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Would You Enter the Perfect Matrix? Why One Philosopher Says You Wouldn't.
Everybody wants to be happy, right? Who wouldn't try to get as many pleasurable experiences as they could? Well, if this philosopher is right. You wouldn't.
What is the key to the good life? Is it something we all want? Everybody wants to be happy, right? But what is happiness? How do we get it?
That question has puzzled people for ages. But one answer that comes up often is pleasure. Of course, what “pleasure” means is another debate itself. For some philosophers, this is the only true good in life, all other things are only part of the good life as they give pleasure to the individual. Such an belief is referred to as Hedonism, and is as ancient as ideas come, with a history going back to the earliest civilizations.
After all, when we do something we enjoy, or otherwise encounter something good, does it not bring us pleasure? Sure, there are other things we might say we like: religion, virtue, beauty, or something else. But hedonists say these things are only good because they bring us pleasure. The only true good, and the vital key to a good human life; they say.
Hedonism is both scorned and loved, some view it as a poor way to live, marked by vice and indulgence. Others see it as the honest way of looking at things. Some, like Epicurus, were hedonists who viewed temperance and moderation as the keys to pleasure. And then there are those who just love pleasure, and seek to maximize the pleasure they experience however they can.
But if you agree with Hedonism, think about this.
Suppose tomorrow you were told that a new machine had been built: the experience machine. This machine is capable of generating a virtual reality for you; one so real you could not tell the difference between reality and fantasy. The machine is fail-safe, and will never suffer an error or a mechanical failure.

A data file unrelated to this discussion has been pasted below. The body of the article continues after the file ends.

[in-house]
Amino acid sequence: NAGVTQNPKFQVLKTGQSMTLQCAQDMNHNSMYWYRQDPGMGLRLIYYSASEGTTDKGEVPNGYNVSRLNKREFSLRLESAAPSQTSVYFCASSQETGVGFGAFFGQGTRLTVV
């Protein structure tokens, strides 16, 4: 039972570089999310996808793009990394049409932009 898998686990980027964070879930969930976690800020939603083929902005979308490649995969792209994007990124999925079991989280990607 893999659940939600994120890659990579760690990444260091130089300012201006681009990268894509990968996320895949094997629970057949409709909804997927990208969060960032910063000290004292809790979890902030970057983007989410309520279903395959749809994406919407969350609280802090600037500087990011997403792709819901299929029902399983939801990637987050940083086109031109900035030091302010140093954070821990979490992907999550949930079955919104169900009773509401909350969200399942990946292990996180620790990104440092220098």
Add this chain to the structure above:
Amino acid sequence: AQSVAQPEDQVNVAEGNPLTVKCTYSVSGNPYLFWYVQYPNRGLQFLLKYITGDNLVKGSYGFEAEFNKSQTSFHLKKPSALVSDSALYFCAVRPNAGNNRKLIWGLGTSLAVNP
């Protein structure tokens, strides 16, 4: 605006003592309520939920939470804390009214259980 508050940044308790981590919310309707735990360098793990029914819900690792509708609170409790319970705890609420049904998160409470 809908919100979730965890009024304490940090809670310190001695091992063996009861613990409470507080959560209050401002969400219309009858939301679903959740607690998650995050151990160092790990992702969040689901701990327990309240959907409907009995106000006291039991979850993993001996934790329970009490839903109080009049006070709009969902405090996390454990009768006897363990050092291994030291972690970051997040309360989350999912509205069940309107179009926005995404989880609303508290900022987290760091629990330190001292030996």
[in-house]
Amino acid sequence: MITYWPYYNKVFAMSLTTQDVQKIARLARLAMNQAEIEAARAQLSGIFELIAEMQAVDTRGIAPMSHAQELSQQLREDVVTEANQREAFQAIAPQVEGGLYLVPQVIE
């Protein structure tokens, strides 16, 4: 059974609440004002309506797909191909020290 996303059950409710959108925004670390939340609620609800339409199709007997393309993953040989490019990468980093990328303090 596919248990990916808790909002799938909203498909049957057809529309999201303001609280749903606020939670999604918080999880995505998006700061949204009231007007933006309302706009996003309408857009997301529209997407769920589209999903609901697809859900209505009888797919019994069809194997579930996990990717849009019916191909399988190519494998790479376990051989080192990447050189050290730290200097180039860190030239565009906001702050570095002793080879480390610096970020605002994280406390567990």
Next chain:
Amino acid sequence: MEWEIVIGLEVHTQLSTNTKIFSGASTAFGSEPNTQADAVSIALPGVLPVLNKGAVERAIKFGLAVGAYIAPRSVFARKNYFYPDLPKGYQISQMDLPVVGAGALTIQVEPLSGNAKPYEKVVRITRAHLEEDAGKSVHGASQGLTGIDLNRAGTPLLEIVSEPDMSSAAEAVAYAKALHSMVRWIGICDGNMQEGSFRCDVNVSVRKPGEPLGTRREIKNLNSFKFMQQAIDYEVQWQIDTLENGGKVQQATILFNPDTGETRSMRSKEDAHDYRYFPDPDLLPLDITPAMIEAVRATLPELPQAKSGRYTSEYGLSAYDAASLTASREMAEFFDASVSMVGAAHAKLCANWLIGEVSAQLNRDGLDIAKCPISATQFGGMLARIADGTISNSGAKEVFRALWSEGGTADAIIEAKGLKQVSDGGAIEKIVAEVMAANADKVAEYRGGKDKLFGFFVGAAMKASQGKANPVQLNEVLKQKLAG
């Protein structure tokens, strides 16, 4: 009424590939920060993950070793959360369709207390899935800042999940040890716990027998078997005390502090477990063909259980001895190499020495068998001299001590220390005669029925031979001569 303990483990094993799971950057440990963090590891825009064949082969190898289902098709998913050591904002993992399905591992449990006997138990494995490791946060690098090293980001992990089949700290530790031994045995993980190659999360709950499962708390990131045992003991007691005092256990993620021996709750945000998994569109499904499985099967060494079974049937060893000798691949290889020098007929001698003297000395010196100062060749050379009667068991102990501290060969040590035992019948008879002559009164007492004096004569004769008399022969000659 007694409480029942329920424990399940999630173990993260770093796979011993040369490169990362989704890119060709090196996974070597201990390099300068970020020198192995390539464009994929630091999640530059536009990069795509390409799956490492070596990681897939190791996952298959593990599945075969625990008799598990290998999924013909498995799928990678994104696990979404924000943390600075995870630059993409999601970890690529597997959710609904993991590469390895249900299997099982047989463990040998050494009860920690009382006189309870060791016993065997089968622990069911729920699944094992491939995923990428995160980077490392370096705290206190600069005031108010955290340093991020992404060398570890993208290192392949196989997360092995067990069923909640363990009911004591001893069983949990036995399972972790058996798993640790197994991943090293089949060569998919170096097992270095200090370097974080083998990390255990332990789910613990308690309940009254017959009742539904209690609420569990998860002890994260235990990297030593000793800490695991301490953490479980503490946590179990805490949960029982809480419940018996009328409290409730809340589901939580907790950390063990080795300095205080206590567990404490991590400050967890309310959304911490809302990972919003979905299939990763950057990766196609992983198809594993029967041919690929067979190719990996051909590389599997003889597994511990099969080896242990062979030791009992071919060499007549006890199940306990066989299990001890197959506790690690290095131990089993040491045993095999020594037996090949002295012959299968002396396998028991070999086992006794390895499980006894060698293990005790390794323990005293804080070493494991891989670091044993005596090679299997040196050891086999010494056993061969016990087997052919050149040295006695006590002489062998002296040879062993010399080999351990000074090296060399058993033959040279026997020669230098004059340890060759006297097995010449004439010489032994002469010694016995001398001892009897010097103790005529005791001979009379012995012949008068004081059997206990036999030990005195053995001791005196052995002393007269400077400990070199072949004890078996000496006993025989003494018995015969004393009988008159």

The only setting is to “paradise”, and you would experience endless pleasure if you enter. No real experience could possibly compete with the machine in terms pleasure gained. All you need to do is sign a form or two, and get plugged into the machine. They can even preset the machine to give certain experiences, or to include certain people if you wish.
Do you get in?
The author of the problem, American philosopher Robert Nozick, says you won’t. Pointing out that most people value having experiences in reality, or that the person that gets in will only be thinking that they do anything, when in fact they are merely sitting down all the time. They instead desire to be a certain kind of person, which requires actually doing things.
Nozick claims that because we value something other than pleasure, evidenced by rational people deciding not to get into the machine, the idea that pleasure is the only good must be false.
Even if you suppose that we derive pleasure from the reality of something, remember: it can’t compete with going into the machine. We must value it for its own sake rather than as a path to pleasure if we reject the machine. So much for Hedonism then, if we agree with Nozick.
However, some philosophers say we would, and should, get into the machine. The founder of Utilitarianism, Jeremy Bentham, believed firmly that there was only one good, pleasure, and one evil, which is pain. With his early version of utilitarianism, going into the machine becomes a no brainer. The math is clear. The fact that the experiences aren’t real is no concern of his.
There are, of course, other ideas and experience to support and reject hedonistic ideas other than the machine. Aldous Huxley’s Brave New World is often interpreted as a rejection of the Hedonistic Utopia, while Infinite Jest shows the absurdity of creating the perfect pleasure-causing film—people would do nothing but watch it to death.